In the first place: under the present regime, the ghost marches in a mathematical right line across the stage; within truncheon’s length of the foot-lights. Now this is about as ill-judged a proceeding as it is an unnecessary one. By this means, whatever unhappy defects the body corporal of the ghost may labour under, whether it be redundant in point of flesh, or curtailed in point of stature, whether it be supported on pins or pillars,—whatever be its defects, they are sure to be glaringly exhibited, while thus paraded before the audience, wantonly paraded, in the full blaze of the burners, and for the whole breadth of the stage. Besides, any lapse in the gait, a trip or a faux-pas, any flaw or fissure in the panoply, an ill-fitting greave, or a basin-shaped helmet, nay the very crackling of the buckram, can be recognized with the utmost facility, whilst the Apparition thus stalks, upon the very brow, I may say, of the orchestra, near enough to shake hands if he chose it, with his sublunary acquaintances in the pit, and at a pace funereal, as if to invite an inquisition which he is seldom prepared to defy. Now there is not the smallest necessity that the Ghost should expose himself, with so much danger to the solemnity of the scene, in this barefaced manner; there is nothing in the part which calls upon him to display his person and accoutrements (both of which are generally of such a description as should court the shade) like a peripatetic brother at Bartholomew Fair. The first rule, then, to be observed by the judicious Ghost-player, is,—never to let his desire for admiration tempt him to the front of the stage, unless the mechanism of the piece compel him to transgress this salutary precept. Let the ghost always appear in the back ground; or if necessary, let him walk down the stage by the side scenes, disappearing as distantly from the proscenium as possible. In short,—let him always be the most distant point of visibility, and be as dim, as shadowy, and indefinite, as is compatible with being seen.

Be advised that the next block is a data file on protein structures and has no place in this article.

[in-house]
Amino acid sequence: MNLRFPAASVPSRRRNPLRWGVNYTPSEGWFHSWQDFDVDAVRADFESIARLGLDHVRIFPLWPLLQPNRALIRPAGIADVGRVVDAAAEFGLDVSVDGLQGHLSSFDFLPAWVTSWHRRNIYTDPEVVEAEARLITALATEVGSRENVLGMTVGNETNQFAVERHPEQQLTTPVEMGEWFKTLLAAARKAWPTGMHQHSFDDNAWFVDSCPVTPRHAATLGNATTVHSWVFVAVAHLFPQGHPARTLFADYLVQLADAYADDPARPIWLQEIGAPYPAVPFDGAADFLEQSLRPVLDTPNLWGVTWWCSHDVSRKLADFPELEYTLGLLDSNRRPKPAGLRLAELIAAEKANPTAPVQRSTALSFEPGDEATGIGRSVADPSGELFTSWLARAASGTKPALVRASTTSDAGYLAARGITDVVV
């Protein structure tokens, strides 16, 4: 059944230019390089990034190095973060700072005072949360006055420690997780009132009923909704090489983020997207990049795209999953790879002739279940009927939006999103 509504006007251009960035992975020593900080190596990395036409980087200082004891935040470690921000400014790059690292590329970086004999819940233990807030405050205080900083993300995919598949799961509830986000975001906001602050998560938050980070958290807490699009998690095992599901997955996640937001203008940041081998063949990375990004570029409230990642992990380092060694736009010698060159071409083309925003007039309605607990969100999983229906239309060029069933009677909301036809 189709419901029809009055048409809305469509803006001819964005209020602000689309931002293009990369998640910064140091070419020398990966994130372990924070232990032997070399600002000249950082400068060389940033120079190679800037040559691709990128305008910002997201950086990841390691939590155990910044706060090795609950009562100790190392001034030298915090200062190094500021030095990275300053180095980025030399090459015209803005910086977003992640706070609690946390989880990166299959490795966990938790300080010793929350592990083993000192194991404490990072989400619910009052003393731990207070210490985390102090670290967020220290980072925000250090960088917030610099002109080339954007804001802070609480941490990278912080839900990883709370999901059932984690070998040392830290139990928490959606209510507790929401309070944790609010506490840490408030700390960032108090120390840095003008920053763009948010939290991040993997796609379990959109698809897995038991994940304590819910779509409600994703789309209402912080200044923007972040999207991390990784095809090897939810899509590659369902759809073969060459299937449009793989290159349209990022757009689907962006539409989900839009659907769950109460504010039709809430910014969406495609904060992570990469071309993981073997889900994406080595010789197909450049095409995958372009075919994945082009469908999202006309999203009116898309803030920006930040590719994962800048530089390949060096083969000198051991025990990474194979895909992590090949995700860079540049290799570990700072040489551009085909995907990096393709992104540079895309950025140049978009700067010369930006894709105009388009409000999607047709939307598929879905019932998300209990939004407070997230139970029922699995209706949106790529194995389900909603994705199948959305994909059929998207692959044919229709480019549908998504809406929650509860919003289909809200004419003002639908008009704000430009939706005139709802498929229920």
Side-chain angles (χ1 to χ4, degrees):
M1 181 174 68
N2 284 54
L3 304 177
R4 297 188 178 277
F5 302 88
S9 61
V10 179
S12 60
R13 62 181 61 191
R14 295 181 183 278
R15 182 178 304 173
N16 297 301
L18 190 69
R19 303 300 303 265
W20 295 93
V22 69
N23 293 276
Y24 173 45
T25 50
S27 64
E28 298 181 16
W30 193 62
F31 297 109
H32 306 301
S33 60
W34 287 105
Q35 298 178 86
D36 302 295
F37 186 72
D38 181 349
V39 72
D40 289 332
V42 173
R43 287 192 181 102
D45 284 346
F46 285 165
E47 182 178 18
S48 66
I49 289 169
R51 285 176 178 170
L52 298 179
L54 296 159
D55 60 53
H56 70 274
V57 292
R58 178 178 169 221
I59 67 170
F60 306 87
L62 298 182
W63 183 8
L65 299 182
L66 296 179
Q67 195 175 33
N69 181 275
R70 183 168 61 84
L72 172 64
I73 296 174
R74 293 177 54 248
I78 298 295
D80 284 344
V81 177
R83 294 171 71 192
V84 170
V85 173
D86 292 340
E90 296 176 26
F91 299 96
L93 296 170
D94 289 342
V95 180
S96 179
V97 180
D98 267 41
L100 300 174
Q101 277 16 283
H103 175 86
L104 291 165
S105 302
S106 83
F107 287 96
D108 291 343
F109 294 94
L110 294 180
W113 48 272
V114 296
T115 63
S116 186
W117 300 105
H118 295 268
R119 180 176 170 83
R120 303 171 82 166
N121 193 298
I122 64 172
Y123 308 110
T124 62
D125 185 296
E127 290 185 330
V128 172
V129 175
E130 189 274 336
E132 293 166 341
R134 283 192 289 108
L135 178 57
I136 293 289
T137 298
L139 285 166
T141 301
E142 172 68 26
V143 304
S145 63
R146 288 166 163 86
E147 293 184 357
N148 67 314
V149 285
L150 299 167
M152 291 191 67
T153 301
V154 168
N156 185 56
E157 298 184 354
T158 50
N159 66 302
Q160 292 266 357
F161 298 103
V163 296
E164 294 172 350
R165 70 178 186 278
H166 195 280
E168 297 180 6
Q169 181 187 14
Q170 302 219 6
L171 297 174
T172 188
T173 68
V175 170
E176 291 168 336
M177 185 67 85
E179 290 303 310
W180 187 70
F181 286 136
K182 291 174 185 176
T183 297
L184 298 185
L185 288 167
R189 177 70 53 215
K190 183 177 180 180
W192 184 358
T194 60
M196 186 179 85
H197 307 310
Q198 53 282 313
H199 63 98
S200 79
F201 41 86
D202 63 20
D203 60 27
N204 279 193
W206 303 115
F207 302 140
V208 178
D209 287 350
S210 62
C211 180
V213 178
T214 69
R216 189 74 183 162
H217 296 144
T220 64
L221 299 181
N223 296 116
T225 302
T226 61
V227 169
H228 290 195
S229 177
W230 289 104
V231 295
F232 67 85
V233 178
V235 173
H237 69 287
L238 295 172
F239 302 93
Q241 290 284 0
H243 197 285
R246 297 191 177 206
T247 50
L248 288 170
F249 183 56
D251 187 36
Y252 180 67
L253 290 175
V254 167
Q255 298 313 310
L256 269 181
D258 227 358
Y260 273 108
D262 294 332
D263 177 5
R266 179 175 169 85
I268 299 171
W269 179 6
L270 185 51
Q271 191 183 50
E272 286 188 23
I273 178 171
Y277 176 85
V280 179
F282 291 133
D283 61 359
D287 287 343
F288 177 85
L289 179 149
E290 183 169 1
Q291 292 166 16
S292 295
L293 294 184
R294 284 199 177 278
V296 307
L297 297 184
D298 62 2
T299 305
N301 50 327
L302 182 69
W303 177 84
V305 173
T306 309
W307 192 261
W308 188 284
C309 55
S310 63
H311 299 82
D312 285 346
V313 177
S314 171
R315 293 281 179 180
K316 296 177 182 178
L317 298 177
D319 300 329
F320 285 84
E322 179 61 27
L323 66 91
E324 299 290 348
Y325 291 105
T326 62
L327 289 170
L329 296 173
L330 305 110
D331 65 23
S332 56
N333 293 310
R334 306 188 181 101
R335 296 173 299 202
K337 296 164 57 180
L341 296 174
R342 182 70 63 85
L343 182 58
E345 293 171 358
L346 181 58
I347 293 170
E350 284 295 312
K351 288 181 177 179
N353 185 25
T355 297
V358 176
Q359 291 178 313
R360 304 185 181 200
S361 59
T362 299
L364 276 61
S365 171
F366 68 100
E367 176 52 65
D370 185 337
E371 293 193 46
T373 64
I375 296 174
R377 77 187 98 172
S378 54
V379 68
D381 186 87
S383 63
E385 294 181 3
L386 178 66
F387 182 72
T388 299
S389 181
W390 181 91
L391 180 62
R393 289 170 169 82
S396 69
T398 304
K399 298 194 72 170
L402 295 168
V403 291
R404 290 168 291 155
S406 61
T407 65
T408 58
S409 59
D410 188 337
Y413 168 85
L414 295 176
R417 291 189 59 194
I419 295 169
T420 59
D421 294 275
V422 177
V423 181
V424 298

Now in my first place, why should not ghosts march in a mathematical right line across the front of the stage? or rather what could justify the ghost in glimmering indistinctly in at the back. He cannot indeed approach too near the foot lights, which are the only things that could supply the glow-worm’s place or warrant the allusion to it; and as to his dress crackling, or his foot catching, the apprehension is wholly idle and groundless. The armour or clothing of a ghost is not necessarily ethereal—“in complete steel,” that is the phrase; now I put it to any reasonable man to say whether a creature so habited is bound to walk as if he were in wool? Then the allusion to stumbling is beneath my notice;—and even if a false step were committed, could that be improper in a fallen spirit, who clearly must have been accustomed to it?—Mr. Umbra would keep the ghost ever in the back-ground, or set him sneaking down the side scenes on tiptoe, like a cat after a tomtit, as though forsooth the business of the scene would admit of it, or the speeches of the haunted warrant it: for instance, Horatio in the first scene says, “I'll cross it, though it blast me.” And Marcellus anon exclaims “shall I strike at it with my partizan!” Now how could Horatio intercept a ghost at a distance, or Marcellus strike at a thing out of all reach. Horatio too, in describing the visit to Hamlet, says—

——A figure like your father,
Armed at point, exactly, cap-à-pè,
Appears before them,—and with solemn march
Goes slow and stately by them; thrice he walk'd
By their oppress’d and fear-surprised eyes,
Within his truncheon’s length!

There is in truth no one passage which warrants the ghost in being kept in the back-ground. He is a stately, solemn, well-informed personage that does not blink the question (except when too rudely put by Horatio); but, haying to out with a murder to son, appears in his armour and original figure, and uses no disguise. at therefore becomes of the direction of Umbra, that he be always “at the most distant point of visibility, and be as dim, as shadowy and indefinite, as is compatible with being seen.